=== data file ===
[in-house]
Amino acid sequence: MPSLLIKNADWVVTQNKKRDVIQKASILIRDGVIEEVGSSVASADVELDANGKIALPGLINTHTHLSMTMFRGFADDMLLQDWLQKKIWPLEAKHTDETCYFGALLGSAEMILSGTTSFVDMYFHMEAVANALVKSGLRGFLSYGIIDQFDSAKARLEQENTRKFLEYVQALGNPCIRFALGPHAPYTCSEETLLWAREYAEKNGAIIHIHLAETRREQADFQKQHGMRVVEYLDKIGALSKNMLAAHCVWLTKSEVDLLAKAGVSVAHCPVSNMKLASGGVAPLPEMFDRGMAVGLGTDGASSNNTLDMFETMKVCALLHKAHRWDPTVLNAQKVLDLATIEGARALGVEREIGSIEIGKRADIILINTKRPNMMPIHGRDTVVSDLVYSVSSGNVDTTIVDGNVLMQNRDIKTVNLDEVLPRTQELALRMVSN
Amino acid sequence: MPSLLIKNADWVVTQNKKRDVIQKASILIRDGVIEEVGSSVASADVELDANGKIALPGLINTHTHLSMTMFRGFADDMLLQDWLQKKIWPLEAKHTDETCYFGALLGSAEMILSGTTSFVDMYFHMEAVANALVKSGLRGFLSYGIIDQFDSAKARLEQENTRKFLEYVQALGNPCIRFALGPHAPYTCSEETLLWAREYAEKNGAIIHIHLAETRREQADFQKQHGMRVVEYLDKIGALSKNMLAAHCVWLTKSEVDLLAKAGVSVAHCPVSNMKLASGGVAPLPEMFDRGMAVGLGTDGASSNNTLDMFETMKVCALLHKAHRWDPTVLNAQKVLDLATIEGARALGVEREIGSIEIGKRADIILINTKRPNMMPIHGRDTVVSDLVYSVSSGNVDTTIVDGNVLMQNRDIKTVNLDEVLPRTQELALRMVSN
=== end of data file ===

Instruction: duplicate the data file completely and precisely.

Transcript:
[in-house]
Amino acid sequence: MPSLLIKNADWVVTQNKKRDVIQKASILIRDGVIEEVGSSVASADVELDANGKIALPGLINTHTHLSMTMFRGFADDMLLQDWLQKKIWPLEAKHTDETCYFGALLGSAEMILSGTTSFVDMYFHMEAVANALVKSGLRGFLSYGIIDQFDSAKARLEQENTRKFLEYVQALGNPCIRFALGPHAPYTCSEETLLWAREYAEKNGAIIHIHLAETRREQADFQKQHGMRVVEYLDKIGALSKNMLAAHCVWLTKSEVDLLAKAGVSVAHCPVSNMKLASGGVAPLPEMFDRGMAVGLGTDGASSNNTLDMFETMKVCALLHKAHRWDPTVLNAQKVLDLATIEGARALGVEREIGSIEIGKRADIILINTKRPNMMPIHGRDTVVSDLVYSVSSGNVDTTIVDGNVLMQNRDIKTVNLDEVLPRTQELALRMVSN
Amino acid sequence: MPSLLIKNADWVVTQNKKRDVIQKASILIRDGVIEEVGSSVASADVELDANGKIALPGLINTHTHLSMTMFRGFADDMLLQDWLQKKIWPLEAKHTDETCYFGALLGSAEMILSGTTSFVDMYFHMEAVANALVKSGLRGFLSYGIIDQFDSAKARLEQENTRKFLEYVQALGNPCIRFALGPHAPYTCSEETLLWAREYAEKNGAIIHIHLAETRREQADFQKQHGMRVVEYLDKIGALSKNMLAAHCVWLTKSEVDLLAKAGVSVAHCPVSNMKLASGGVAPLPEMFDRGMAVGLGTDGASSNNTLDMFETMKVCALLHKAHRWDPTVLNAQKVLDLATIEGARALGVEREIGSIEIGKRADIILINTKRPNMMPIHGRDTVVSDLVYSVSSGNVDTTIVDGNVLMQNRDIKTVNLDEVLPRTQELALRMVSN